As the priest delivers his tranquil homily about the Gospel of Luke, I close my eyes and try to blur out all sound and images. I try to be present in this quiet moment, to soak up the warmth of my mom at my side and the solid shape of the pew at my back. I’m trying as hard as I can to not silently wish for more—for Andrew’s forgiveness, or for a job I look forward to doing each day. I’ve spent years not trusting my ability to make decisions and quietly letting life just happen to me. It can’t be a coincidence that the moment I stopped being passive and followed my instincts, everything seemed to fall into place. I know what makes me happy—trusting myself. What a gift, right? I found happiness.
Now I just have to figure out if there’s any way I can get it back.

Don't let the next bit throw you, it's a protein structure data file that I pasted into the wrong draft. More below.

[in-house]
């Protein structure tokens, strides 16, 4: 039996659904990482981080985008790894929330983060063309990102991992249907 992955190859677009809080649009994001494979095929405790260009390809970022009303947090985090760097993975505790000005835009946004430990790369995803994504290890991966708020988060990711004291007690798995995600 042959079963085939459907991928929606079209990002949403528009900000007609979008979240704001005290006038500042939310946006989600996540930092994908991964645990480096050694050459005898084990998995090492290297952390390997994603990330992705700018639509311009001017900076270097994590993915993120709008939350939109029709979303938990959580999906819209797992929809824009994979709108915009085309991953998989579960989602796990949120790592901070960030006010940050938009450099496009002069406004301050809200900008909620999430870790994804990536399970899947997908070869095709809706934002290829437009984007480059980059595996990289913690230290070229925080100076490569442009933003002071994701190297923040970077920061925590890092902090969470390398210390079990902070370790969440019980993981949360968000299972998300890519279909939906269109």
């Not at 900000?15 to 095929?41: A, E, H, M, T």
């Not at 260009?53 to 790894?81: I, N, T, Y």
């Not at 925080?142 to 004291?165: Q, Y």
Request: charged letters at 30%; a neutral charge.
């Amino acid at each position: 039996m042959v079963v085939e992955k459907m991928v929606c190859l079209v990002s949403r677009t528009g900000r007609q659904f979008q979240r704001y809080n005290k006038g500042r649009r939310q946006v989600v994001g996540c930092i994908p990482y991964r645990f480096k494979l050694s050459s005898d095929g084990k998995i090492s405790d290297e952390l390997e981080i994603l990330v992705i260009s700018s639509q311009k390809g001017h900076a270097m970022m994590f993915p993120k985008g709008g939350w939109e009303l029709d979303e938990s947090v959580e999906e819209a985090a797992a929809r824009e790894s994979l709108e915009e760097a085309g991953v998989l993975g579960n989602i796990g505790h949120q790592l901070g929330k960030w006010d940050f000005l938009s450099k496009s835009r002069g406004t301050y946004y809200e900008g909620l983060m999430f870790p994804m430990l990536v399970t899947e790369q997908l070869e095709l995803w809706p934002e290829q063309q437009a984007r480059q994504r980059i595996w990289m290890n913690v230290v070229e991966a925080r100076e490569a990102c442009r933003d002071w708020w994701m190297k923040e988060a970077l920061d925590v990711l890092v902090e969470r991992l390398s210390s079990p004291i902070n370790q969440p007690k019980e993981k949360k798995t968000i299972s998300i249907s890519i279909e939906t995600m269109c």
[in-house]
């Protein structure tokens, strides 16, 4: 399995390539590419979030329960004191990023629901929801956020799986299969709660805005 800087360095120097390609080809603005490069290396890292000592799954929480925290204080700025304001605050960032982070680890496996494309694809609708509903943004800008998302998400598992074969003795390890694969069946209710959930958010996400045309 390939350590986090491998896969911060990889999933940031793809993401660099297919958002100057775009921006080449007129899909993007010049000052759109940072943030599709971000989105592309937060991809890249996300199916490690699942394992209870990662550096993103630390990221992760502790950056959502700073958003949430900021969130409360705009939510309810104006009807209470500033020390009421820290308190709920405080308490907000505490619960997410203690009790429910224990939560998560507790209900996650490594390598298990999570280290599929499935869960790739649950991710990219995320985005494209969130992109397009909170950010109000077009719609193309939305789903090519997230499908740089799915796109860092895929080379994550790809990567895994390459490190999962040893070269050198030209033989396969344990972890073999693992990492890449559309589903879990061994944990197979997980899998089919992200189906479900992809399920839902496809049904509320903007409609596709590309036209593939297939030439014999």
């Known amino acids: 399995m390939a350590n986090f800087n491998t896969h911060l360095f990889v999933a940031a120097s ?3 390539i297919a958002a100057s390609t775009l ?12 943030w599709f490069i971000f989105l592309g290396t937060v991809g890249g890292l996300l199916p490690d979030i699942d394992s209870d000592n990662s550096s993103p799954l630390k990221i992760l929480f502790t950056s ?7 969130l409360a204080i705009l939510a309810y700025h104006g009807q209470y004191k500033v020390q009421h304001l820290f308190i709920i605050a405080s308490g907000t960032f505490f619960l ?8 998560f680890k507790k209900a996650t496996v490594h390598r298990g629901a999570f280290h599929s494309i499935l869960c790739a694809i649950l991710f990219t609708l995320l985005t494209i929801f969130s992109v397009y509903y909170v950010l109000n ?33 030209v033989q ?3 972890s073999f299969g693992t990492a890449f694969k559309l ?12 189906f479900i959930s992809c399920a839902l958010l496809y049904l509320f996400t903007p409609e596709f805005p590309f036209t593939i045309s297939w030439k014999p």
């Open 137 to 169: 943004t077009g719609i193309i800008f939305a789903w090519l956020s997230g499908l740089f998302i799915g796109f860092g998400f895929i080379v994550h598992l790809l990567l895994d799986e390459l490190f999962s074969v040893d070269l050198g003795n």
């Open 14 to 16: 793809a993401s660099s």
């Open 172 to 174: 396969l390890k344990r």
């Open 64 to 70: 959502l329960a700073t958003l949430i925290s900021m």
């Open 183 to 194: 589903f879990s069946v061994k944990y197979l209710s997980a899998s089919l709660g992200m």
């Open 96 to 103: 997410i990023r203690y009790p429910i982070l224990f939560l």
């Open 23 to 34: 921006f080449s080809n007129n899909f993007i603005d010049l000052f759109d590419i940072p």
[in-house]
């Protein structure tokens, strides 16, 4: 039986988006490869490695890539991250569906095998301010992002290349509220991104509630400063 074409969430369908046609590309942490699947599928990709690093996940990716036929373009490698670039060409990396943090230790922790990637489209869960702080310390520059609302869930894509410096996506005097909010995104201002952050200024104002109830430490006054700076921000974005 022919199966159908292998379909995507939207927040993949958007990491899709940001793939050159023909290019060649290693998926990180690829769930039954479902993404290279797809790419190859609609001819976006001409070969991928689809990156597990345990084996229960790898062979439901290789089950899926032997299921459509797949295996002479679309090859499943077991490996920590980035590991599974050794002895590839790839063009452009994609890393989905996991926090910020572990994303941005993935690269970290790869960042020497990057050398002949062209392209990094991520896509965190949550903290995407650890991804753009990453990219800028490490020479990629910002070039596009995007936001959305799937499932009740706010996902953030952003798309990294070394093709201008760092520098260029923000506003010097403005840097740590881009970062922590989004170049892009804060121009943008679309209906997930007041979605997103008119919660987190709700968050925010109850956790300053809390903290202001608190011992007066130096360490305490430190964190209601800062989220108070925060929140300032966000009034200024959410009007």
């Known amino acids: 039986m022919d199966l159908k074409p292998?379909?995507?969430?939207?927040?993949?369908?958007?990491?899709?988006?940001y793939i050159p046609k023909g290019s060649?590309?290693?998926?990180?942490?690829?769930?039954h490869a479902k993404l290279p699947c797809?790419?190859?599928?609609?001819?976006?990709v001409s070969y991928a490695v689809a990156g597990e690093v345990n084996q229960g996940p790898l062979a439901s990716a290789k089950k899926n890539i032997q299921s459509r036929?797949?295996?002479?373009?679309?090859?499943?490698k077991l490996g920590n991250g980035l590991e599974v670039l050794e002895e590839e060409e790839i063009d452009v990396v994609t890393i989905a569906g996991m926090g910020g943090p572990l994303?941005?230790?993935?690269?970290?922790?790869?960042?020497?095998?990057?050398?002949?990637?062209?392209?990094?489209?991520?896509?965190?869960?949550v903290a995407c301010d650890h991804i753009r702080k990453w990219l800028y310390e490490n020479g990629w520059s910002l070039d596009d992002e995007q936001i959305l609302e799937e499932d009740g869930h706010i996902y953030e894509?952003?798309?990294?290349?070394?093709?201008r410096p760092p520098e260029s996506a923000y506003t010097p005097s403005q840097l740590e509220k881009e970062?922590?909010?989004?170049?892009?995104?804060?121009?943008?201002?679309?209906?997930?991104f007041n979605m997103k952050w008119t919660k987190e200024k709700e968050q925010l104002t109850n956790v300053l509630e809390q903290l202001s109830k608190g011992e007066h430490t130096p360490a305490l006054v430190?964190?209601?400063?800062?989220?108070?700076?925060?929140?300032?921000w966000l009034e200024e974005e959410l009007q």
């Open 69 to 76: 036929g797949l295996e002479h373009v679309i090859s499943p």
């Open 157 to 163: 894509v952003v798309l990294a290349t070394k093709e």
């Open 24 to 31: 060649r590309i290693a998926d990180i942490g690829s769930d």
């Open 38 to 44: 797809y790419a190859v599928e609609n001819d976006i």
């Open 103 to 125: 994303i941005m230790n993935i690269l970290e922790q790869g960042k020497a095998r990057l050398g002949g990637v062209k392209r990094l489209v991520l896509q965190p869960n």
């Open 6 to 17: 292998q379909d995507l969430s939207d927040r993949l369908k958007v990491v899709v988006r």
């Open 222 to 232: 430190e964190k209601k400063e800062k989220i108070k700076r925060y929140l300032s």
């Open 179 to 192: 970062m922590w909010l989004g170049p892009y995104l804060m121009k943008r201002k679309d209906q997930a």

Mom leans over and stretches to reach my ear. “Are you okay?”
My mother never speaks during service—especially not Christmas Mass—unless it’s to hiss at us to be quiet. But she would rather cut off her own arm than let her kids struggle through something alone.
“Just thinking,” I whisper back. “I want you to be proud of me. I want to be proud of myself.”
“I am always proud of you.” She wraps her hand around mine. “I trust you. The only person whose expectations you have to live up to is yourself.” She lifts my hand to her mouth and kisses it. “I want you to find what makes you happy.”
She sits back up, staring straight ahead, oblivious to the way her words just delivered a glowing ember into my heart. This is real. I have so many things to work on, but it’s like my boulder moment all over again, like watching a puzzle slot into place.
The only person whose expectations you have to live up to is yourself.